Disgrace by J.M. Coetzee

(Cross-posted from my blog, Out of the Blue)

Disgrace by J.M. Coetzee won the Boooker Prize in 1999. And I can very well see why. Although I could read it only in the Italian translation by Gaspare Bona, I found it exceptionally well-written, with a concise, brief style that suits the book perfectly. But I also found it very unpleasant to read.

The book tells the story of David Lurie, a 52-year old twice-divorced professor who teaches Communication at a technical university in Cape Town, South Africa. He is dissatisfied with his job, but goes on nonetheless. His "disgrace" begins when he has an affair with one of his students. When the affair is found out, he does nothing to protect himself from the consequences and is forced to resign.

After that, he seeks refuge in his daughter Lucy's farm in the Eastern Cape. Things go well for a while, but then he and his daughter are brutally attacked and the consequences are hard to deal with, both for David and for Lucy.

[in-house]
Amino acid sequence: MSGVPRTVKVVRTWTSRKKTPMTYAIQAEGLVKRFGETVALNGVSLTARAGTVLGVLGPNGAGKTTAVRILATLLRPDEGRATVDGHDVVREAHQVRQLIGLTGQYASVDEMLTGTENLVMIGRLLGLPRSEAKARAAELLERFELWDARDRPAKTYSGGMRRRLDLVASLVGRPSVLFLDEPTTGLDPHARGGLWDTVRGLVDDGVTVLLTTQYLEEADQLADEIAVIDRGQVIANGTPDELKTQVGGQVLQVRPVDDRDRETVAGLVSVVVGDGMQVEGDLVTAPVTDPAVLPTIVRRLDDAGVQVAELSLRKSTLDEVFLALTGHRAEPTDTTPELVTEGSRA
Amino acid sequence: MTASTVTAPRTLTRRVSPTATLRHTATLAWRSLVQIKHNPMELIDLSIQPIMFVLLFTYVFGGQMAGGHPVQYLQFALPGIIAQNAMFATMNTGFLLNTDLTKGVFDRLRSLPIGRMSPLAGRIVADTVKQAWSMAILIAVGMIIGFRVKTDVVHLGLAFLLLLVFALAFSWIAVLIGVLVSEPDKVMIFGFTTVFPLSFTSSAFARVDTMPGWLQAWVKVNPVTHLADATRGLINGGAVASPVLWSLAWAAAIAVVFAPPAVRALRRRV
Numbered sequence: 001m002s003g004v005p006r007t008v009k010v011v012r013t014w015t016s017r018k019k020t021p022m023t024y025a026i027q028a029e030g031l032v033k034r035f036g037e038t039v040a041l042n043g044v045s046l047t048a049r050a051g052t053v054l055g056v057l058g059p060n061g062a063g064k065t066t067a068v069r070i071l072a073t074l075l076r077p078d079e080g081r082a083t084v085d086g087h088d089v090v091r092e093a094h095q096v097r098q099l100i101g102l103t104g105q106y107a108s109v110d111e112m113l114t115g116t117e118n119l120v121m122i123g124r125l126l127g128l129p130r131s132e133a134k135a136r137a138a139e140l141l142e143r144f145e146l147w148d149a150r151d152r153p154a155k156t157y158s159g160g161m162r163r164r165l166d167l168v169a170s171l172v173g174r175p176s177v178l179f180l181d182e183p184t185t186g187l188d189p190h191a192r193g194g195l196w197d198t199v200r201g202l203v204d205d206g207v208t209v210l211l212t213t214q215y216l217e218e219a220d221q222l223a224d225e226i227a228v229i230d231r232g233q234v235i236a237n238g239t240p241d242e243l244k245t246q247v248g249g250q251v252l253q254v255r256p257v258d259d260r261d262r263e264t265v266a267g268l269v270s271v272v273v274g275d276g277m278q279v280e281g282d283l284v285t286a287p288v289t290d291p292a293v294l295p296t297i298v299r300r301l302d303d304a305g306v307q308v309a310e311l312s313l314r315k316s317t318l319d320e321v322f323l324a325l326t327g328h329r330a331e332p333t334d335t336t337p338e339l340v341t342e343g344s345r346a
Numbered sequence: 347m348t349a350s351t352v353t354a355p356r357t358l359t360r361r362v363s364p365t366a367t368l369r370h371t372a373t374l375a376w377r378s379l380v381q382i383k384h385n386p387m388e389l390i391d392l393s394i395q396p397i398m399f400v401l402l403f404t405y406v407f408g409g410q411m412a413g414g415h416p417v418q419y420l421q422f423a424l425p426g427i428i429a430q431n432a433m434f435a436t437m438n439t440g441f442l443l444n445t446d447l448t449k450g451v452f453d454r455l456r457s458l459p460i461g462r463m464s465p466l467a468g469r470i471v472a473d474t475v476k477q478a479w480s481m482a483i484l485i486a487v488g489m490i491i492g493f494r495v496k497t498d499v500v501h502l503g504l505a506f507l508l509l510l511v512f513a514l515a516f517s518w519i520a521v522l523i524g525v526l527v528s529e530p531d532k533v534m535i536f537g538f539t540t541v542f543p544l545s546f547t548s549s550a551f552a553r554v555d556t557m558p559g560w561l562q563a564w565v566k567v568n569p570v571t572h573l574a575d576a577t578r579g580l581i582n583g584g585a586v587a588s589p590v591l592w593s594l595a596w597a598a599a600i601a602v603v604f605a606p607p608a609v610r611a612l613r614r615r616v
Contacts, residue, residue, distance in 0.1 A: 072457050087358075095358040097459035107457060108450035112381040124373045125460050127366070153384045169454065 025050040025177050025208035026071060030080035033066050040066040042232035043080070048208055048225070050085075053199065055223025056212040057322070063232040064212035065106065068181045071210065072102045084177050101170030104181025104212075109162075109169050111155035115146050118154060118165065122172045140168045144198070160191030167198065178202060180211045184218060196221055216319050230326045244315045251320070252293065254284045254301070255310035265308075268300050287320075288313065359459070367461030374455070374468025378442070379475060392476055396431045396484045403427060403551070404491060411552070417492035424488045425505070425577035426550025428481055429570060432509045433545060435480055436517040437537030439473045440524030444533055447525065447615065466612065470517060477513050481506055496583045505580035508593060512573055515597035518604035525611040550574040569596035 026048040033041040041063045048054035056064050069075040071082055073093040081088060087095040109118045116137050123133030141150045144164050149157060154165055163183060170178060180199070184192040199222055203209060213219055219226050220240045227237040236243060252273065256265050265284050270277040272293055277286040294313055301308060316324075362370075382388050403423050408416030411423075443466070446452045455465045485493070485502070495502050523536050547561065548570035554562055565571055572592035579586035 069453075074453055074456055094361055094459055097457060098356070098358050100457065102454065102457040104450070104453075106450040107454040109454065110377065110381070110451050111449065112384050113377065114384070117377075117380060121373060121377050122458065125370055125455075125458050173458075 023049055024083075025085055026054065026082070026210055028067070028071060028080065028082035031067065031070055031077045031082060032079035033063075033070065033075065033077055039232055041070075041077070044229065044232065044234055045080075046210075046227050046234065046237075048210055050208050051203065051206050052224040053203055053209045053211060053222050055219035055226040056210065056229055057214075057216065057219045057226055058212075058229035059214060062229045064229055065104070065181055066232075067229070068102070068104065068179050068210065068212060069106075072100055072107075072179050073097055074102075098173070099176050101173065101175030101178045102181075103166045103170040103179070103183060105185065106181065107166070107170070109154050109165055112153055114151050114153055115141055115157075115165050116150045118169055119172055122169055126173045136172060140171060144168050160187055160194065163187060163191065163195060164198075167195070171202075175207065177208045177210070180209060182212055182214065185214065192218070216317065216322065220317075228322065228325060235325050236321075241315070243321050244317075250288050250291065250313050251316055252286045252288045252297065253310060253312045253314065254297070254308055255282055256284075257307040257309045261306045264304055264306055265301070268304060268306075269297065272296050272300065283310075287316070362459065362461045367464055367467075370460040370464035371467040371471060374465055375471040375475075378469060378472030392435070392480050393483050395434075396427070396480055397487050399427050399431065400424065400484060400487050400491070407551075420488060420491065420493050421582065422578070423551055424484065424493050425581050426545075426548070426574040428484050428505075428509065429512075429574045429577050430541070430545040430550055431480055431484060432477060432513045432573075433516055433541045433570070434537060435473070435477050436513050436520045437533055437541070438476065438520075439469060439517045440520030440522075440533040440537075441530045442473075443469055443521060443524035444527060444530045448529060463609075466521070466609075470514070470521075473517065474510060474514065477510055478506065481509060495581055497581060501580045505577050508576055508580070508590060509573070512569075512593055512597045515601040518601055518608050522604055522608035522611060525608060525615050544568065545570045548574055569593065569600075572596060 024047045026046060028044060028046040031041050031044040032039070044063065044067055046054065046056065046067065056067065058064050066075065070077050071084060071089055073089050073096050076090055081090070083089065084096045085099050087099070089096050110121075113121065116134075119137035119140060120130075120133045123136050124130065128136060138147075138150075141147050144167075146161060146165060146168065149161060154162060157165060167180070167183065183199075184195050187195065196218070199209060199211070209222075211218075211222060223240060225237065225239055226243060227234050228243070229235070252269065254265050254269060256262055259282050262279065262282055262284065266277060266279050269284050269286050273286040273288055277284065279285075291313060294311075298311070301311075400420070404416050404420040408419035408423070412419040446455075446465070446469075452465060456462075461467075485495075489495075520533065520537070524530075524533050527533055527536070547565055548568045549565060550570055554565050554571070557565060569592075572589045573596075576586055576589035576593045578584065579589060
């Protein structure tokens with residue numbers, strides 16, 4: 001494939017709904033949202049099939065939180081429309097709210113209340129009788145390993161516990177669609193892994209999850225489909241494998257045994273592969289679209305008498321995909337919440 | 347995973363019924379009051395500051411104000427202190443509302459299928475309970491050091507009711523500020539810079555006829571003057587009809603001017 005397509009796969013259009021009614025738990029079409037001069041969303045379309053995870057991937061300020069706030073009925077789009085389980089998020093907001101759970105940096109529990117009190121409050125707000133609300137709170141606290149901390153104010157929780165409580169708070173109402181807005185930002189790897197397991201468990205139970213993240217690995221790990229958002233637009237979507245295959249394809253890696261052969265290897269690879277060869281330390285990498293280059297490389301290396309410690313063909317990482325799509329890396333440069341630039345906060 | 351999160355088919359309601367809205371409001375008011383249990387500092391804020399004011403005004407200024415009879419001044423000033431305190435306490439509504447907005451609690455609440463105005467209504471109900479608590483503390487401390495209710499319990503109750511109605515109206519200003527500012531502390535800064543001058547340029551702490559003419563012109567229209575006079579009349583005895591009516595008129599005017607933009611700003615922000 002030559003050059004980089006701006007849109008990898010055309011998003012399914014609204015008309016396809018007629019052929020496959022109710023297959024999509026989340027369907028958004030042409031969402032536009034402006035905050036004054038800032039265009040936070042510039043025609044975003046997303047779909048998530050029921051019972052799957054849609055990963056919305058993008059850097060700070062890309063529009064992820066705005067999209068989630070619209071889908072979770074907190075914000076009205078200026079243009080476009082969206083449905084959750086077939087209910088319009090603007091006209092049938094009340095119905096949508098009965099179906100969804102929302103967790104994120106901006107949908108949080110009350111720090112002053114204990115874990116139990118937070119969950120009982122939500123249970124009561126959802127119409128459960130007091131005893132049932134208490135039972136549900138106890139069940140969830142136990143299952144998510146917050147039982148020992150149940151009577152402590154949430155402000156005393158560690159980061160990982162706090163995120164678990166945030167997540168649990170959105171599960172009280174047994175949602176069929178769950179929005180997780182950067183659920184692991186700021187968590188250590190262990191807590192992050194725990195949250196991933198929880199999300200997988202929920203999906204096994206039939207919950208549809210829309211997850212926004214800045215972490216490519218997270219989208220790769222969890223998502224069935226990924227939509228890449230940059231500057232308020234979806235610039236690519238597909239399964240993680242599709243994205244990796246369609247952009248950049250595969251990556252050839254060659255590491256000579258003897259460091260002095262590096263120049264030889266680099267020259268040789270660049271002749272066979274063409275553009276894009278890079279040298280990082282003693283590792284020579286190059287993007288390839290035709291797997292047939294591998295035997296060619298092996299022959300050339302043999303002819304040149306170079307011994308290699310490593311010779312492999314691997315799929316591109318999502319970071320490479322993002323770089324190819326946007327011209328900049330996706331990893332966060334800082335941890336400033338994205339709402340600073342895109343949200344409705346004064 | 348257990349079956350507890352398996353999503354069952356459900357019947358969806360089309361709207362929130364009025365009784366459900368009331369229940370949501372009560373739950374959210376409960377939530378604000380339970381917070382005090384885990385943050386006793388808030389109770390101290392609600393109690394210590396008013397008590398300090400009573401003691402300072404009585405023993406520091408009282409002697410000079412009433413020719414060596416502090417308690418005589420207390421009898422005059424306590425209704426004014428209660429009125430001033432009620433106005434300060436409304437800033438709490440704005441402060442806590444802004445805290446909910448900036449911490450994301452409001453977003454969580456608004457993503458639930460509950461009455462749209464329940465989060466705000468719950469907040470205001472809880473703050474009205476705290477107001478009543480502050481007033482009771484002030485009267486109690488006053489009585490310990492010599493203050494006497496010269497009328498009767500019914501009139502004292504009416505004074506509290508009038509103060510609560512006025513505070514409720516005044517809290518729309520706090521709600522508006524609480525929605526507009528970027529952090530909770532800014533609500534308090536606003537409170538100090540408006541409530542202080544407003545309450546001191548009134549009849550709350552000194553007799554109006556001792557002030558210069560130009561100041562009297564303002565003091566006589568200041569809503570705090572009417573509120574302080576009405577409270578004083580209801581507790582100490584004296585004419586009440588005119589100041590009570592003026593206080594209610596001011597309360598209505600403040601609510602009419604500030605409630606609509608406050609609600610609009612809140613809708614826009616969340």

This book depicts the tensions between different generations, sexes, and races in post-apartheid South Africa. As such, it is a very interesting read. But also, as I already mentioned, quite unpleasant. I don't know if I liked it or not. But I'd recommend it anyway.

1 comment

Anni said...

just finished reading this book some days ago, so my experiences are quite new.
I have to agree with you, that this book is very unpleasant to read. Not only because of Lucy's destiny,but somehow it was unpleasant to know anything about David's thoughs.
Somehow,I found him as a very unpleasant someone.
Maybe a 52 years old male reader understands him well, but I as a 28 years old female reader find him simple unpleasant.

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